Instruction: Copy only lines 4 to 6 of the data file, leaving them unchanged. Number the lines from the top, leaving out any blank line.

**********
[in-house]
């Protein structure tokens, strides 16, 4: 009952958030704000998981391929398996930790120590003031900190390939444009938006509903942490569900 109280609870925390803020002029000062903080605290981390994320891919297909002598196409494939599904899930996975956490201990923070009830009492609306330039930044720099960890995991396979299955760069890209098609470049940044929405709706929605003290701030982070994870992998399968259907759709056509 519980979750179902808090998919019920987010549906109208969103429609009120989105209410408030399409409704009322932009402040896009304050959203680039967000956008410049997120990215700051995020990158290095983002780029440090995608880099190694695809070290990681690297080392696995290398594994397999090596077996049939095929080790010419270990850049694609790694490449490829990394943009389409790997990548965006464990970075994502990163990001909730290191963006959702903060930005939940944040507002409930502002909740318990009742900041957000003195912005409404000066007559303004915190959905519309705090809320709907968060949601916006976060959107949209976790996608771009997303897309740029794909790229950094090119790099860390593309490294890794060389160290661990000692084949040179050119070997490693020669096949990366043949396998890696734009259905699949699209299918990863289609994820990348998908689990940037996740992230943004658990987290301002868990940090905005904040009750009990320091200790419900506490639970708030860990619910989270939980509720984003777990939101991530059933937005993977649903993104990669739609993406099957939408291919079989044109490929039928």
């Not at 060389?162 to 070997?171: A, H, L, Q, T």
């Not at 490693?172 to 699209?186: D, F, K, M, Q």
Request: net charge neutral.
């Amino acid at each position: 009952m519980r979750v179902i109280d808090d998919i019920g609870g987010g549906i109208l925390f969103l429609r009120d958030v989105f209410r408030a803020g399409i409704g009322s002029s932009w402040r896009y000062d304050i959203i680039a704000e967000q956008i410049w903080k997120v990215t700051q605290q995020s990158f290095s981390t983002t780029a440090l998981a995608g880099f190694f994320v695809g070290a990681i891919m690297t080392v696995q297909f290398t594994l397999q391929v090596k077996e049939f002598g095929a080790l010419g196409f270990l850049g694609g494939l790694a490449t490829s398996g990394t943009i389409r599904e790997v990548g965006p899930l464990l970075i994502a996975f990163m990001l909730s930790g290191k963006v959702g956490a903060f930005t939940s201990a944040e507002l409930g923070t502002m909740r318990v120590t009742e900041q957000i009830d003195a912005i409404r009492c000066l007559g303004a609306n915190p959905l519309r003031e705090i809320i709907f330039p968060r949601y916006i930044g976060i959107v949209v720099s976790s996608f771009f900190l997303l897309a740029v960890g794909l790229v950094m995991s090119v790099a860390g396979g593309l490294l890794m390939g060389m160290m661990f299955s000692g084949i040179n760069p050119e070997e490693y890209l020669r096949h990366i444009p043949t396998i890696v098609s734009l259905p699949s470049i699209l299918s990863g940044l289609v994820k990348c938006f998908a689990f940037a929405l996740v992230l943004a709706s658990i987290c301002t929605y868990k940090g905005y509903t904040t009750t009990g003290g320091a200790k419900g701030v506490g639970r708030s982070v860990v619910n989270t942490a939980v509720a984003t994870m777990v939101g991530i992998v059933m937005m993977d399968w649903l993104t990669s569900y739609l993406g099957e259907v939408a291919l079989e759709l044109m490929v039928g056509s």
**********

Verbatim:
């Not at 490693?172 to 699209?186: D, F, K, M, Q």
Request: net charge neutral.
């Amino acid at each position: 009952m519980r979750v179902i109280d808090d998919i019920g609870g987010g549906i109208l925390f969103l429609r009120d958030v989105f209410r408030a803020g399409i409704g009322s002029s932009w402040r896009y000062d304050i959203i680039a704000e967000q956008i410049w903080k997120v990215t700051q605290q995020s990158f290095s981390t983002t780029a440090l998981a995608g880099f190694f994320v695809g070290a990681i891919m690297t080392v696995q297909f290398t594994l397999q391929v090596k077996e049939f002598g095929a080790l010419g196409f270990l850049g694609g494939l790694a490449t490829s398996g990394t943009i389409r599904e790997v990548g965006p899930l464990l970075i994502a996975f990163m990001l909730s930790g290191k963006v959702g956490a903060f930005t939940s201990a944040e507002l409930g923070t502002m909740r318990v120590t009742e900041q957000i009830d003195a912005i409404r009492c000066l007559g303004a609306n915190p959905l519309r003031e705090i809320i709907f330039p968060r949601y916006i930044g976060i959107v949209v720099s976790s996608f771009f900190l997303l897309a740029v960890g794909l790229v950094m995991s090119v790099a860390g396979g593309l490294l890794m390939g060389m160290m661990f299955s000692g084949i040179n760069p050119e070997e490693y890209l020669r096949h990366i444009p043949t396998i890696v098609s734009l259905p699949s470049i699209l299918s990863g940044l289609v994820k990348c938006f998908a689990f940037a929405l996740v992230l943004a709706s658990i987290c301002t929605y868990k940090g905005y509903t904040t009750t009990g003290g320091a200790k419900g701030v506490g639970r708030s982070v860990v619910n989270t942490a939980v509720a984003t994870m777990v939101g991530i992998v059933m937005m993977d399968w649903l993104t990669s569900y739609l993406g099957e259907v939408a291919l079989e759709l044109m490929v039928g056509s």